Has Your Proposal Gone to Neverland (Part II)?

Proposal Gone to Neverland

photo credit: JD Hancock

In a previous piece about proposals I said that you should try to avoid producing proposals without selling all the decision-makers in the sales process first.

I thought it might be useful to say a little more about how to correctly develop a proposal (actually a “statement of work” – see my previous post for why) when you do get to the correct decision-makers.

First, you should work with each of the key decision-makers in the buying process to unearth their “ideal solution” to their problem/issue.  You do this using questioning techniques – the “classic” version of which can be found in Neil Rackham’s book SPIN Selling.

The second step is the trickiest part of the process.  This is to take the prospect’s “ideal solution” and adapt it so that it can be achieved using your product or service (If it actually can be in good conscience.  If not, you need to be honest and let the prospect know you cannot solve their problem – they will respect you and you will “live to fight another day”.)  Work interactively with the decision-makers to agree that your offering matches their ideal solution closely enough to proceed.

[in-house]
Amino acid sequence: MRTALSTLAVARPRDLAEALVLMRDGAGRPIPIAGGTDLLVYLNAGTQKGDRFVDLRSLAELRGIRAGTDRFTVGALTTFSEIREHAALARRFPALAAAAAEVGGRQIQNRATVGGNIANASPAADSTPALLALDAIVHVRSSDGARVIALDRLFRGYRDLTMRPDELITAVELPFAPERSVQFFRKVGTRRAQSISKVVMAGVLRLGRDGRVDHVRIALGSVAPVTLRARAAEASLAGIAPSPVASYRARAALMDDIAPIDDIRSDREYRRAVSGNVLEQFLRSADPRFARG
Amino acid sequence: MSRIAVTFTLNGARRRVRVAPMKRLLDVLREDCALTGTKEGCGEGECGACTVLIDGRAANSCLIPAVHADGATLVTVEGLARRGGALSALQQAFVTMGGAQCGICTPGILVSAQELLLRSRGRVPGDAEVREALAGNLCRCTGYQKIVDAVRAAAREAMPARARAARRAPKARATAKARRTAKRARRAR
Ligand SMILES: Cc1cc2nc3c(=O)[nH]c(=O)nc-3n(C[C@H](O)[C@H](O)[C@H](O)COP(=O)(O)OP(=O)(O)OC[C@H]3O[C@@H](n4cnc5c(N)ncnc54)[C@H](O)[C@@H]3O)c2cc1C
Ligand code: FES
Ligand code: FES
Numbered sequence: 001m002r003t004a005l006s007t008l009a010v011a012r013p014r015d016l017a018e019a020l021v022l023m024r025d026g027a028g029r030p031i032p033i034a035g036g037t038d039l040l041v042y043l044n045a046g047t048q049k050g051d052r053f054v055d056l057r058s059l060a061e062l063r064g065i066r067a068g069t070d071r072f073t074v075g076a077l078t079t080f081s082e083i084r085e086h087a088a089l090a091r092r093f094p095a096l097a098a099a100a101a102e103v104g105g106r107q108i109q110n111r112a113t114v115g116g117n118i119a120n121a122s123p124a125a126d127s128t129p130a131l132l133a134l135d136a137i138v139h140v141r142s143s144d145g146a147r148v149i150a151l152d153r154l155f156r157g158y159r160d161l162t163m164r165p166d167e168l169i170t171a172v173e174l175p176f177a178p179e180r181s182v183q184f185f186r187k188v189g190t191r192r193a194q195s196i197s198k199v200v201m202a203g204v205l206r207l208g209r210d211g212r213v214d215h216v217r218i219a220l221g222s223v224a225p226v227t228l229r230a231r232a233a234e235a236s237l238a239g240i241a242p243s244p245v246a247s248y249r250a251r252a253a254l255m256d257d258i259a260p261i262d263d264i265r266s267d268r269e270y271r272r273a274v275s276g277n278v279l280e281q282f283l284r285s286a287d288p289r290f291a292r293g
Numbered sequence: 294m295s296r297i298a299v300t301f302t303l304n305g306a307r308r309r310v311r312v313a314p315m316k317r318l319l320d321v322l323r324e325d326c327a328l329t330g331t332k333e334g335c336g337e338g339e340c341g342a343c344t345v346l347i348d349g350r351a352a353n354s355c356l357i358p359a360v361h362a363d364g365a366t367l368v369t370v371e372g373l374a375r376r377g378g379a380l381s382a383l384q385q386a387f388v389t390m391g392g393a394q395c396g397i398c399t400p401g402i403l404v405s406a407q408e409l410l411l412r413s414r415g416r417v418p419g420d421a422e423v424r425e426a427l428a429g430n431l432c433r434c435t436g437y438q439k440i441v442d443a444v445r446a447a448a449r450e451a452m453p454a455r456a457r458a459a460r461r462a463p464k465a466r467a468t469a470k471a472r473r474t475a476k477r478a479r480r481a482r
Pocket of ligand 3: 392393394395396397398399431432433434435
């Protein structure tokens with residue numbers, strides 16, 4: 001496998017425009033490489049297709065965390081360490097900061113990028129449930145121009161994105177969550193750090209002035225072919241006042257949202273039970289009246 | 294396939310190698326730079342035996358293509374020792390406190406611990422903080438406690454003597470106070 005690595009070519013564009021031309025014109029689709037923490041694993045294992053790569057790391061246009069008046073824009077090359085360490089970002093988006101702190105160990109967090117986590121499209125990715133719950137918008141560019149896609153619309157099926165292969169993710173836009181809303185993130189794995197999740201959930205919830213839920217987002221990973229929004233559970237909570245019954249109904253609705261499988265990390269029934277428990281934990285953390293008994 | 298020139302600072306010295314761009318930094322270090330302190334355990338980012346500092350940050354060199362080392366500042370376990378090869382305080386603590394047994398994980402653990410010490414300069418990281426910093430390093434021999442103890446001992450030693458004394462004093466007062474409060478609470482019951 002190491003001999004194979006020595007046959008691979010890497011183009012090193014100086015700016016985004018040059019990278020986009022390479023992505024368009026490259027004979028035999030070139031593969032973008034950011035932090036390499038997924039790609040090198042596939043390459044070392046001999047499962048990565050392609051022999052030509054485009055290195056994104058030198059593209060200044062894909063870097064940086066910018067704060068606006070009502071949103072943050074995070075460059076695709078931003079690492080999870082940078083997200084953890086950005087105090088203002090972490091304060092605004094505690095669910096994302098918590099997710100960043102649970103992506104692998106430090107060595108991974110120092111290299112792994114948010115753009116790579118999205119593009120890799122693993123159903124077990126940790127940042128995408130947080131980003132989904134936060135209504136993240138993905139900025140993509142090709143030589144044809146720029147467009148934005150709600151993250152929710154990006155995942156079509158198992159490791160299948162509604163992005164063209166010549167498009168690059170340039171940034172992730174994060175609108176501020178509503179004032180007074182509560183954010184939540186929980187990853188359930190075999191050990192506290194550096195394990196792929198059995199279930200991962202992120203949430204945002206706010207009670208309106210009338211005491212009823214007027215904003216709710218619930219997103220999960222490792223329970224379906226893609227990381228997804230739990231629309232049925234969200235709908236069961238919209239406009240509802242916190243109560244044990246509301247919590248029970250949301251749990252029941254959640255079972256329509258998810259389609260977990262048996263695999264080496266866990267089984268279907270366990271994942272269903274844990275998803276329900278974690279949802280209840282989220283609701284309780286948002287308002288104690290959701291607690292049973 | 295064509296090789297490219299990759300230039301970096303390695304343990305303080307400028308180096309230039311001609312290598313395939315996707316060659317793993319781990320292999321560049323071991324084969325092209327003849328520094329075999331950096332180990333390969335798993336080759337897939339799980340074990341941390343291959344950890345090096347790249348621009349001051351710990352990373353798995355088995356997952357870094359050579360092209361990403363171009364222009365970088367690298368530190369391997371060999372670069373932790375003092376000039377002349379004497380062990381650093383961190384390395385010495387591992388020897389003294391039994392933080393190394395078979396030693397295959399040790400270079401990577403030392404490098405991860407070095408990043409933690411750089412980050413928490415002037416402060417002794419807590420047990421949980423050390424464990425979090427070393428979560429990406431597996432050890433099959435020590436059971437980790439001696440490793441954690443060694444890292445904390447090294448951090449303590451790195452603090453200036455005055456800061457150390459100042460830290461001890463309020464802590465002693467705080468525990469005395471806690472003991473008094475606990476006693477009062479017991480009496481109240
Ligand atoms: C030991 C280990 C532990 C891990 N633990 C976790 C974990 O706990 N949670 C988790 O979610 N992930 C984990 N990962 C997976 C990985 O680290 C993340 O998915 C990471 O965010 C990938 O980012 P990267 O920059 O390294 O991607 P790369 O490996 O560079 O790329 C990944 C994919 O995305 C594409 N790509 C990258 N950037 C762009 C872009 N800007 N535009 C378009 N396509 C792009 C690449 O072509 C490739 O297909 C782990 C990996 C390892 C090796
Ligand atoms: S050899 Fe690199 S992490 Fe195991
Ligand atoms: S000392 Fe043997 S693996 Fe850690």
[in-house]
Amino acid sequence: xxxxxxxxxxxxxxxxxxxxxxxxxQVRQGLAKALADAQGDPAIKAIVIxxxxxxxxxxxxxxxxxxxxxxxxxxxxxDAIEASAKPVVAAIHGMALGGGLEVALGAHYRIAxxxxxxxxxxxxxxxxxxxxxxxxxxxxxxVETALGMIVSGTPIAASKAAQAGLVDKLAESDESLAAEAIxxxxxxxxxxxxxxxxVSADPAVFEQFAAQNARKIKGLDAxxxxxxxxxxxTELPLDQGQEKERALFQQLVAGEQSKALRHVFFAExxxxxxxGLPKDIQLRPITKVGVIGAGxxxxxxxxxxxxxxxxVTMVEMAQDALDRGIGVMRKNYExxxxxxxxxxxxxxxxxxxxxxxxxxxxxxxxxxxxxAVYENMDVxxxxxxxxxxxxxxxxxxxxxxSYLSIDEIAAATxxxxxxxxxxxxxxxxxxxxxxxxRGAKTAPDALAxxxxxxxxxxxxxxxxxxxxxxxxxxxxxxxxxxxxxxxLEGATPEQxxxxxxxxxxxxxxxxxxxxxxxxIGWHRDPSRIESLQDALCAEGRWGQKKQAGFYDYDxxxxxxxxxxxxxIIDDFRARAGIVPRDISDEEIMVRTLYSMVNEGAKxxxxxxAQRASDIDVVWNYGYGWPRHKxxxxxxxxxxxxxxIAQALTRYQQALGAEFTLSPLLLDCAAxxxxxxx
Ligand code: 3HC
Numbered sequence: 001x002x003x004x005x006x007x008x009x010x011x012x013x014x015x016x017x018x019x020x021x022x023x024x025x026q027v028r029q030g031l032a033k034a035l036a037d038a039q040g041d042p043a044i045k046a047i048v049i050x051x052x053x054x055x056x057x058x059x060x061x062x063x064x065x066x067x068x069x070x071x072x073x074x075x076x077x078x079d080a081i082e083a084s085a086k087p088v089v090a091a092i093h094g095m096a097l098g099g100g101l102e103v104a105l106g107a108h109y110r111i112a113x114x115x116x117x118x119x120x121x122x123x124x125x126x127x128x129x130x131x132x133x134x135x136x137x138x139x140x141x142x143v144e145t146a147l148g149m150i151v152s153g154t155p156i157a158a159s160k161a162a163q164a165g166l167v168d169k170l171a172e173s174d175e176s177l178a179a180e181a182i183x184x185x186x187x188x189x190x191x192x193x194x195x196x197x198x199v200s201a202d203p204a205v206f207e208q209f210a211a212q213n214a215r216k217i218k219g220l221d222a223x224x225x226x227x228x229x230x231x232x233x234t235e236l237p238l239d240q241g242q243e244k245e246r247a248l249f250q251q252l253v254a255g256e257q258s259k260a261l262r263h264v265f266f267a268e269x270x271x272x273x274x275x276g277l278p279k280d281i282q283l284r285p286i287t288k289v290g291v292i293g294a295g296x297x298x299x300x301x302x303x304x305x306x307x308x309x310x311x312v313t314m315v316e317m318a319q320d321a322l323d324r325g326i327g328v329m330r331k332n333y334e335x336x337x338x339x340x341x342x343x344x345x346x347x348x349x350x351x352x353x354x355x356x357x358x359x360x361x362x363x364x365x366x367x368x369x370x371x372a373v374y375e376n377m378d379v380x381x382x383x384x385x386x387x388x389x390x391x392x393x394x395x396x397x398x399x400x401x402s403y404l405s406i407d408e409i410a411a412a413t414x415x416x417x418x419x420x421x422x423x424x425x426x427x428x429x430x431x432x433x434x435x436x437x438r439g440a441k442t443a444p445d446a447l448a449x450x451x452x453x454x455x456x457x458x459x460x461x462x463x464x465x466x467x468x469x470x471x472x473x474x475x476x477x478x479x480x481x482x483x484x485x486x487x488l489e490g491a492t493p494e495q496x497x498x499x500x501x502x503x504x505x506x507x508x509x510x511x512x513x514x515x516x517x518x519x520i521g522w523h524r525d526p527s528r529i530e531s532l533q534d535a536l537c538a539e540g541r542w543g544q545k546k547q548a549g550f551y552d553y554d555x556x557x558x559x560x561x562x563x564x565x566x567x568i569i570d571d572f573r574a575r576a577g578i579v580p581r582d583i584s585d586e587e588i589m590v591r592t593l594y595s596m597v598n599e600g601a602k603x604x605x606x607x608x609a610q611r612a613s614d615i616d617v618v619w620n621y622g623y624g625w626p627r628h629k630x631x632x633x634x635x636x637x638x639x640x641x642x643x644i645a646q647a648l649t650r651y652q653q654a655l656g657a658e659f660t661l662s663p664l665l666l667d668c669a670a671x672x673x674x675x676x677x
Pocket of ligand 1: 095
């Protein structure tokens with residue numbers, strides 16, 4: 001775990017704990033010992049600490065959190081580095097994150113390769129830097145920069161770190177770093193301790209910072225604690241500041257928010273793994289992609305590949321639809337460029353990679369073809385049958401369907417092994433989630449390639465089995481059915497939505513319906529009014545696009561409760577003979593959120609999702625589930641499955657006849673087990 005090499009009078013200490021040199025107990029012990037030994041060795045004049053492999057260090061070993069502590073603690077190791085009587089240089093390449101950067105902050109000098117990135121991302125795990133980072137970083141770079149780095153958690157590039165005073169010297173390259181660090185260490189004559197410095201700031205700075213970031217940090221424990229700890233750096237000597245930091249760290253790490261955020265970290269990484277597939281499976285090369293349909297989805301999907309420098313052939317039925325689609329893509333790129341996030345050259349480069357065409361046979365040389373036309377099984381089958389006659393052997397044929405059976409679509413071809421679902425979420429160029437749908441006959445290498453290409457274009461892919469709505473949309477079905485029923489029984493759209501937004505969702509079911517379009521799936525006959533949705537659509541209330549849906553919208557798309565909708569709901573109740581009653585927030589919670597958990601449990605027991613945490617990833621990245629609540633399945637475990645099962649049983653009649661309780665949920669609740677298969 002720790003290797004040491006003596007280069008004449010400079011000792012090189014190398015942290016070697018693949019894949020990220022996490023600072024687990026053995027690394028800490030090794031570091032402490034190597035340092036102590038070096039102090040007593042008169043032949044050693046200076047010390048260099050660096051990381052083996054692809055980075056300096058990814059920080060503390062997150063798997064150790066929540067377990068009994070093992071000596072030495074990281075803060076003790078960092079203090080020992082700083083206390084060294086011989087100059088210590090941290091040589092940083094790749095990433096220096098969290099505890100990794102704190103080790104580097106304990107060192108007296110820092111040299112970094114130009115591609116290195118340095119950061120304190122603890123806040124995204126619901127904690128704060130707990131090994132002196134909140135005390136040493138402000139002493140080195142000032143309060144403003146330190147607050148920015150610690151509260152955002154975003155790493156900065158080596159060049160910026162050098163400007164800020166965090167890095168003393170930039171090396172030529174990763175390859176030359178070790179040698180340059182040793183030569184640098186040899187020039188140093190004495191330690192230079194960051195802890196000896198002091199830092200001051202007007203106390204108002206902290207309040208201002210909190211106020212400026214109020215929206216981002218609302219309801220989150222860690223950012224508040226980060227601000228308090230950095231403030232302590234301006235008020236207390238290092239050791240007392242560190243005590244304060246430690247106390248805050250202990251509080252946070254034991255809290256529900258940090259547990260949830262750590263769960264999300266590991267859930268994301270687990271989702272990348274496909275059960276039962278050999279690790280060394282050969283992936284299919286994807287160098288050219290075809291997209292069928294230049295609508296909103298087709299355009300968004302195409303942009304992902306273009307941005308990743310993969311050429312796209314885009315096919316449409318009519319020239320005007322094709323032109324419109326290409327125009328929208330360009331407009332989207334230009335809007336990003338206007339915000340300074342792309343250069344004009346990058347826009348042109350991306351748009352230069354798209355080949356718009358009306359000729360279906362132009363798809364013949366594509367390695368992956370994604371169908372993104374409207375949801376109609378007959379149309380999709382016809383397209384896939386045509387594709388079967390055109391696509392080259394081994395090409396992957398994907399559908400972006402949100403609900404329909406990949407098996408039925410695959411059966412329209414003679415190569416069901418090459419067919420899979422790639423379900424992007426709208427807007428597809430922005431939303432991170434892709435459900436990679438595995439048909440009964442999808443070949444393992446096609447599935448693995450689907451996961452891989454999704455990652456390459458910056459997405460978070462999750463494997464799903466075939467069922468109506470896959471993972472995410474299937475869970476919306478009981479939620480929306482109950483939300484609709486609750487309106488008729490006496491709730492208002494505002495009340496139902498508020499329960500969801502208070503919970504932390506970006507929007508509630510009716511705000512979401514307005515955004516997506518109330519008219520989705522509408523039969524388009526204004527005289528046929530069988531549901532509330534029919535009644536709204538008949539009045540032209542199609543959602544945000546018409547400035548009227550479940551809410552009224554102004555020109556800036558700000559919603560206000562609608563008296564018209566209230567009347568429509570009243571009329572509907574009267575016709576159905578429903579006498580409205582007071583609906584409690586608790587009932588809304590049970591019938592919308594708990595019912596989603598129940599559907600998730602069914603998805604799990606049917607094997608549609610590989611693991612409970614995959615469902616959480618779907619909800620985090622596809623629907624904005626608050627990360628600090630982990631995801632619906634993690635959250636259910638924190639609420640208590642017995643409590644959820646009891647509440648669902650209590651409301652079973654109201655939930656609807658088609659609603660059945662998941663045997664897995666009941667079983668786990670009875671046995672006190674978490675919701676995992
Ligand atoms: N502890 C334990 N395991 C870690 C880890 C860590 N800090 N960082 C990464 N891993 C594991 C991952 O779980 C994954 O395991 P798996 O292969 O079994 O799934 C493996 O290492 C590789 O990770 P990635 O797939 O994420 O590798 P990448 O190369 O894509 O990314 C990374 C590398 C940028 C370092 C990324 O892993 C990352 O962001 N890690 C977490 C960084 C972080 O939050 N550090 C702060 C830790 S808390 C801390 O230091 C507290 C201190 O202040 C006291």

Finally, document how your offering meets your prospect’s need and how it will be delivered.  A key point at this stage is to include the decision-makers as much as possible in developing this document.  Have them review an early outline of this document and ask them how you need to edit or add to it.  By doing this you will be producing a co-authored statement of work with your prospects.  A co-authored statement of work will rarely be rejected and you will proceed to closing your deal very quickly.

In summary, work as team with your prospects to co-author a statement of work and closing deals will become “child’s play”…

No comments yet.

Leave a Reply